Phoenix Suns guard Ricky Rubio (11) shoots against the Portland Trail Blazers during the second half of an NBA basketball game, Monday, Dec. 16, 2019, in Phoenix. The Trail Blazers won 111-110. (AP Photo/Matt York)

Two-thirds of the way through this NBA campaign, a parade of familiar faces from last season has popped up at Vivint Smart Home Arena: Kyle Korver with the Bucks; Alec Burks with the Warriors; Thabo Sefolosha with the Rockets; Grayson Allen and Jae Crowder with the Grizzlies; the latter again with the Heat.

Longtime Jazz forward Derrick Favors was scheduled to return Nov. 23 with the Pelicans, but a back injury forced him to miss that game, and forced Utah fans to wait until March 13 to show their appreciation for his years of service.

And so, barring an unexpected Ekpe Udoh appearance (he is signed to the Chinese Basketball Association, presently in limbo on account of the coronavirus outbreak), that leaves us with but one other ex-Jazz player from 2018-19 who has yet to visit the Viv this season.

Ricky Rubio.

And wouldn’t you know it — he will be in Salt Lake City with the Suns on Monday night.

With Rubio’s appearance, Jazz fans will at long last get a firsthand look at how their point guard past stacks up with their point guard present. After all, the team made the decision to move on from Rubio this past summer — despite his stated desire to remain with the team he’d spent his past two seasons with — in order to facilitate the acquisition of Mike Conley from Memphis.

In the moment, it seemed like a clear upgrade — Conley, a perpetual near-All-Star with consistent scoring ability and deep-shooting ability, over Rubio, a court-vision maestro, yes, but also a player unquestionably limited by his inability to consistently make shots.

But has it played out that way?

Well, for starters, if you’ll recall, there actually is some head-to-head precedent this season to fall back on, as the teams squared off back on Oct. 28, in what was the fourth game of the season for each.

In that 96-95 Jazz victory, Rubio clearly outplayed his successor, finishing with a near-triple-double of 10 points (on 4-of-9 shooting), 10 rebounds, and eight assists. Conley, meanwhile, was in the throes of an incredibly rough acclimation period, and struggled to a line of one point, one assist, and two rebounds, shooting 0 for 7 from the field, and committing three turnovers and five fouls in just over 20 minutes of action.

One game hardly constitutes an adequate sample size, though.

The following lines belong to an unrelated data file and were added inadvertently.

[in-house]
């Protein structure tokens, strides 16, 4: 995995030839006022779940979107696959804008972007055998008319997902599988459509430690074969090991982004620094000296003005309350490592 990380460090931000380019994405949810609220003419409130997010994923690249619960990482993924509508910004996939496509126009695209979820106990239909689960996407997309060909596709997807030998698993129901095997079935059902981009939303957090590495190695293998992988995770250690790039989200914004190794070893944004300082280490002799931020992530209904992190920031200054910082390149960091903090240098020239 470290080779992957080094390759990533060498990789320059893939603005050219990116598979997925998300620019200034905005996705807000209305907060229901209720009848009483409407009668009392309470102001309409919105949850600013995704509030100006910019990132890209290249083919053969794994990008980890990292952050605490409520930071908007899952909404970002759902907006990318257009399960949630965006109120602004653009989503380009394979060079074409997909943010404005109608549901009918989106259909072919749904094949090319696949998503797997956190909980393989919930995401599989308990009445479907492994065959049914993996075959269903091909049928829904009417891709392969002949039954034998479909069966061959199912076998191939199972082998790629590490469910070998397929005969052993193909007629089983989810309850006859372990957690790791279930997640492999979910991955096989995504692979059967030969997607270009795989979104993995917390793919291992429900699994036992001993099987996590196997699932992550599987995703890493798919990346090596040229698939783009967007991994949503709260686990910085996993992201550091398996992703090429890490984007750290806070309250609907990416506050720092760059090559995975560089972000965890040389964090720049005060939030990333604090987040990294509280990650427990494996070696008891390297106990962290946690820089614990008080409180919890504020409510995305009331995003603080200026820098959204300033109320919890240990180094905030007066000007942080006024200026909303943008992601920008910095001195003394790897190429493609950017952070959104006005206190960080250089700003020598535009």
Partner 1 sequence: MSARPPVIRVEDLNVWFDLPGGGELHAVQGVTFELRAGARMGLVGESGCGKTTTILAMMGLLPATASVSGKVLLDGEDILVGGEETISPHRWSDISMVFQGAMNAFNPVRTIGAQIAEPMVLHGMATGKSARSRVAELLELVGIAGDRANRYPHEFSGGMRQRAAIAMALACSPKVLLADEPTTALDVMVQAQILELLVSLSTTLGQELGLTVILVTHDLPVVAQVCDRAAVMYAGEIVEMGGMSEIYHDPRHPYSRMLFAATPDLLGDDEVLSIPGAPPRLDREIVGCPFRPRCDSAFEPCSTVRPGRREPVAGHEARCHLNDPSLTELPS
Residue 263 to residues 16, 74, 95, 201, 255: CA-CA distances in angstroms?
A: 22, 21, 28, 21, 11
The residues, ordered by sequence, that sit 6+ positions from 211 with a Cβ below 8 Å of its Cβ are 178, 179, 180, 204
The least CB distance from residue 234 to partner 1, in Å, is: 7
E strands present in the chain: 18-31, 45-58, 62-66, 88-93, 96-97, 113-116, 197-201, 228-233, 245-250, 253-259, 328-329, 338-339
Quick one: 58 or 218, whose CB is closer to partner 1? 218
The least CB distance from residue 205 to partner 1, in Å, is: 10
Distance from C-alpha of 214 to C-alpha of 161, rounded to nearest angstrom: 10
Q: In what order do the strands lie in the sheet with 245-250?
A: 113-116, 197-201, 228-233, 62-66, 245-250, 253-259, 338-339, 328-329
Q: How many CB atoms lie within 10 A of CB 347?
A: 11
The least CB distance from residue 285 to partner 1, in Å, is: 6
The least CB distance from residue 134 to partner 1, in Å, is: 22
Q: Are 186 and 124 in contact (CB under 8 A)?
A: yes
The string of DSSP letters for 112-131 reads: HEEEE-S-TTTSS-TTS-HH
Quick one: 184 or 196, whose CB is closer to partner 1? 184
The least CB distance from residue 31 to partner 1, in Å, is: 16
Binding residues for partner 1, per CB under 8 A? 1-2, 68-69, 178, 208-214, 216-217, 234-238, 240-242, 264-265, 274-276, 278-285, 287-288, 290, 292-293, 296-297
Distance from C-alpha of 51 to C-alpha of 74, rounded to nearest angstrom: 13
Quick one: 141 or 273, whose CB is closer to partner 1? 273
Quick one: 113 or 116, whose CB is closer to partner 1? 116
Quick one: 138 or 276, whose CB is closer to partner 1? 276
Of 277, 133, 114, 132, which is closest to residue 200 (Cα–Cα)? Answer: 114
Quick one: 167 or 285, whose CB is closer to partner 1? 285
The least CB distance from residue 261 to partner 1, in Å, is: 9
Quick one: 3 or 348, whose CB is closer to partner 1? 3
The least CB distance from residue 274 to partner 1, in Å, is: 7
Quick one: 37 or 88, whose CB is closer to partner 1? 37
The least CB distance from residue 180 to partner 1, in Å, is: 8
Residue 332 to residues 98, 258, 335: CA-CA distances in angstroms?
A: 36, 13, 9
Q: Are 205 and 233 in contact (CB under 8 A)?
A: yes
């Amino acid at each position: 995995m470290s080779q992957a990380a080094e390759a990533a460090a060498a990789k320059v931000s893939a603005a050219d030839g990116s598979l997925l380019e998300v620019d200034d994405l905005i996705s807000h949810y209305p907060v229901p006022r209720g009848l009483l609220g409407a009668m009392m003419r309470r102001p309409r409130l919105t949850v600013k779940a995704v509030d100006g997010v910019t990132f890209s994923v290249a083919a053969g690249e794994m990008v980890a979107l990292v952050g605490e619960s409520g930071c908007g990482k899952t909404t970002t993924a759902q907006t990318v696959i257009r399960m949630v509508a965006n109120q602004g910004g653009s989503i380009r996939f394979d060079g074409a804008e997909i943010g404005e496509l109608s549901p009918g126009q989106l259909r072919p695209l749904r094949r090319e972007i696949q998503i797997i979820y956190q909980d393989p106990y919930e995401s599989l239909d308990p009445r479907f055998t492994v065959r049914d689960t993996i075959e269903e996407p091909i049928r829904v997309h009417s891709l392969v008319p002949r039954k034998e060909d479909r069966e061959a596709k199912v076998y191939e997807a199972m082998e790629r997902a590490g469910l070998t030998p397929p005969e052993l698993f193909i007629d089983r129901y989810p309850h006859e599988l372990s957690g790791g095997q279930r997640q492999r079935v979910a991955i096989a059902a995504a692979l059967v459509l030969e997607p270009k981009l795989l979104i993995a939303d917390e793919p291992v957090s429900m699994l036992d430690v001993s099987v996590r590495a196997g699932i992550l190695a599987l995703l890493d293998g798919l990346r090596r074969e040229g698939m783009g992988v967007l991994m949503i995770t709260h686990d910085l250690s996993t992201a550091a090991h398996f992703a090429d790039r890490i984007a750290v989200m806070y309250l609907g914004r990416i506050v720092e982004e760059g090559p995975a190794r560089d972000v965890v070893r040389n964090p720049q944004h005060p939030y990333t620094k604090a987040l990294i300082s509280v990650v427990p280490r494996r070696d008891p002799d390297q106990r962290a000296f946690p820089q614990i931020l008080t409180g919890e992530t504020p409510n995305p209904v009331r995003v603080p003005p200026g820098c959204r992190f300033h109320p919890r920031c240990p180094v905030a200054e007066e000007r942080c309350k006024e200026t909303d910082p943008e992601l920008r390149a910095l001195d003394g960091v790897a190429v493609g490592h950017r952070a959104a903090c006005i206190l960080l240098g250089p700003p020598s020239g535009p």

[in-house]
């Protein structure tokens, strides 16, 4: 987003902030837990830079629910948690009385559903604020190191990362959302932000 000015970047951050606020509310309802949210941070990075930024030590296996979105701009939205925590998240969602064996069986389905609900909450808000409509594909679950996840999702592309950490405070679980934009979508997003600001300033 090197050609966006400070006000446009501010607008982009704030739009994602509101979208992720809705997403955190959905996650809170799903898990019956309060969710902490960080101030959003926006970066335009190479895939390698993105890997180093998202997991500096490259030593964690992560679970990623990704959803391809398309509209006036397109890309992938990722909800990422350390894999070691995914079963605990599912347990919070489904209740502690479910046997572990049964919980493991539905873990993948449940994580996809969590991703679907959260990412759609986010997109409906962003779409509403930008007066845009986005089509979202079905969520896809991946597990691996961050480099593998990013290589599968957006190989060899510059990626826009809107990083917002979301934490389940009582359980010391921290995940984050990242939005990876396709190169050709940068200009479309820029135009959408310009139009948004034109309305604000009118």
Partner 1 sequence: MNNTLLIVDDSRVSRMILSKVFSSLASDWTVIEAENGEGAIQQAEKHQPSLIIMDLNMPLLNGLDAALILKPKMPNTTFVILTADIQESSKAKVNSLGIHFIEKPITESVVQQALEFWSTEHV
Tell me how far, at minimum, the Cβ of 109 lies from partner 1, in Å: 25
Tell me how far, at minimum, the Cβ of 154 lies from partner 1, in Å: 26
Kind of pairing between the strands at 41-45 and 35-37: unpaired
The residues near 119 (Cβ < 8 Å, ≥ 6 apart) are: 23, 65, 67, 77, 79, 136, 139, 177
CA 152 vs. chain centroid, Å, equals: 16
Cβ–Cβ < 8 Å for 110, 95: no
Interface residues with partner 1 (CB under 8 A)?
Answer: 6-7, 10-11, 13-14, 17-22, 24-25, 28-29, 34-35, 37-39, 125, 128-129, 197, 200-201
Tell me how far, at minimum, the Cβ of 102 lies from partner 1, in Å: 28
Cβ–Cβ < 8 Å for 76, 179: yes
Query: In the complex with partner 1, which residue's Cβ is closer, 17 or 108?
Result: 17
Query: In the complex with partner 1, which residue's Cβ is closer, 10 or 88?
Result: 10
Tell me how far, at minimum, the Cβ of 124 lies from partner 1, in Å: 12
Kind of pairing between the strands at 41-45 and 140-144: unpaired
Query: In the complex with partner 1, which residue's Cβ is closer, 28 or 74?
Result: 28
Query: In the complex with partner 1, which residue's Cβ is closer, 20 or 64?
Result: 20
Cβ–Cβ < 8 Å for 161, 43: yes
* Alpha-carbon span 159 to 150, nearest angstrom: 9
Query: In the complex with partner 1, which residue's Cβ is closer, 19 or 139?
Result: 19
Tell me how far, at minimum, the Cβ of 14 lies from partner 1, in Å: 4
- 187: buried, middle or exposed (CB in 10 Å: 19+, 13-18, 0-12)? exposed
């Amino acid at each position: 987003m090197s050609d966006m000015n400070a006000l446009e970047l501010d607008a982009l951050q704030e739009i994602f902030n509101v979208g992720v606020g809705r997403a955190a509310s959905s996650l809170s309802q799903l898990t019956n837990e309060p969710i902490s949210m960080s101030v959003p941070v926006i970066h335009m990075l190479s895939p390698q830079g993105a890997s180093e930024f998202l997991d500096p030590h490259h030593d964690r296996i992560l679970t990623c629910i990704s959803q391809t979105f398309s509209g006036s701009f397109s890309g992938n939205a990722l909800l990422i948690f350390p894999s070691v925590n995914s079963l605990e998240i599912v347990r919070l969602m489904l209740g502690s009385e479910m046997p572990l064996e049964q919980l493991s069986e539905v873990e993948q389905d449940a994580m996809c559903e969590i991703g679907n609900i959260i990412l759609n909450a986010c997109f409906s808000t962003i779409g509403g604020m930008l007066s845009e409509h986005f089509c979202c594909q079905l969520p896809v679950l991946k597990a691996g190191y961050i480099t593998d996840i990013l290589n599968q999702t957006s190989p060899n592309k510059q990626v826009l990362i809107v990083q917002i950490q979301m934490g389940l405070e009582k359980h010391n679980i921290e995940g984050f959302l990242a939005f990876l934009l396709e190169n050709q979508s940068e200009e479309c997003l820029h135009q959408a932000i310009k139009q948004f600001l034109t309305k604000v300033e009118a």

This season, Rubio has appeared in 49 of Phoenix’s 57 games, averaging 31.3 minutes per, while totaling 12.4 points, 8.6 assists, and 4.4 rebounds, and shooting 40.2% from the field and 33.5% from 3-point range. Conversely, Conley — who has been plagued by not only the horrifically slow start but also a hamstring injury — has appeared in only 33 of Utah’s 56 games; in 28.1 minutes, he’s averaged 13.5 points, 4.2 assists, and 3.3 rebounds, while shooting 39.0% from the floor and 35.4% from deep.

Per 36 minutes, Conley is outscoring Rubio by more than four ppg, while Rubio is nearly doubling Conley up in assists (9.9 vs. 5.4). Conley, however, is taking far better care of the ball — posting a 12.0 turnover percentage (TOs committed per 100 plays) vs. Rubio’s 18.1.

Defensively, neither has been anything to write home about, though Rubio has been better by the metrics, with 1.4 defensive win shares (vs. 0.9 for Conley) and a negative-0.3 defensive box plus/minus (vs. negative-0.8).

Still, in the end, it all comes down to that shooting.

Any prediction that Rubio would be outshooting Conley from the field going into this game would have been greeted with cries of heresy. And while such numbers are a source of consternation for Jazz fans, there are signs of encouragement.

MIKE CONLEY’S 2019-20 SHOOTING BY MONTH
Month*FG%*3P%*EFG%
Oct.*32.3*28.6*38.7
Nov.*37.4*38.0*45.0
Dec.*40.0*41.7*48.3
Jan.*44.7*19.0*48.9
Feb.*44.2*43.8*53.2

Conley’s field-goal percentage had gone up every month of the season until this month (and even now, his February FG% of 44.2 is only slightly down from January’s 44.7). Similarly, his 3-point shooting has gone up month-over-month save for an aberrant January, when injuries limited him to only 19% from deep on a scant 21 attempts. The best sign of all, though, is that his effective field-goal percentage has indeed gone up every single month — all the way from 38.7% in October to 53.2% in February.

For his part, Conley is not concerned about proving anything against the Rubio. After the Jazz came out of the All-Star break with back-to-back losses to the Spurs and Rockets, respectively, his only focus is helping Utah get back on track.

“A lot of it is what we can control — our effort and our ability to come out with the mindset that we will be the team to hit first and get every single loose ball, get every single rebound. That’s the kind of mindset we have to have,” Conley said. “We’re not good enough to just walk into games and play lackadaisical and take possessions off.”

JAZZ VS. SUNS
At Vivint Smart Home Arena
Tipoff • Monday, 7 p.m.
TV • ATTSN
Radio • 1280 AM, 97.5 FM
Records • Jazz 36-20; Suns 23-34
Last meeting • Jazz, 96-95 (Oct. 28)
About the Jazz • Utah has dropped two straight games coming out of the All-Star break. … Donovan Mitchell scored 18 of his 31 points Saturday in the fourth quarter. It was his 15th game this season of 30-plus points. … Jordan Clarkson scored 14 consecutive points in the second quarter against Houston.
About the Suns • After dropping its first post-break game to the Raptors on Friday (118-101), Phoenix rebounded by beating Chicago 112-104 on Saturday. … The Suns actually have a better road record (12-16) than at home (11-18). … All-Star guard Devin Booker is averaging 26.4 points and 6.3 assists per game.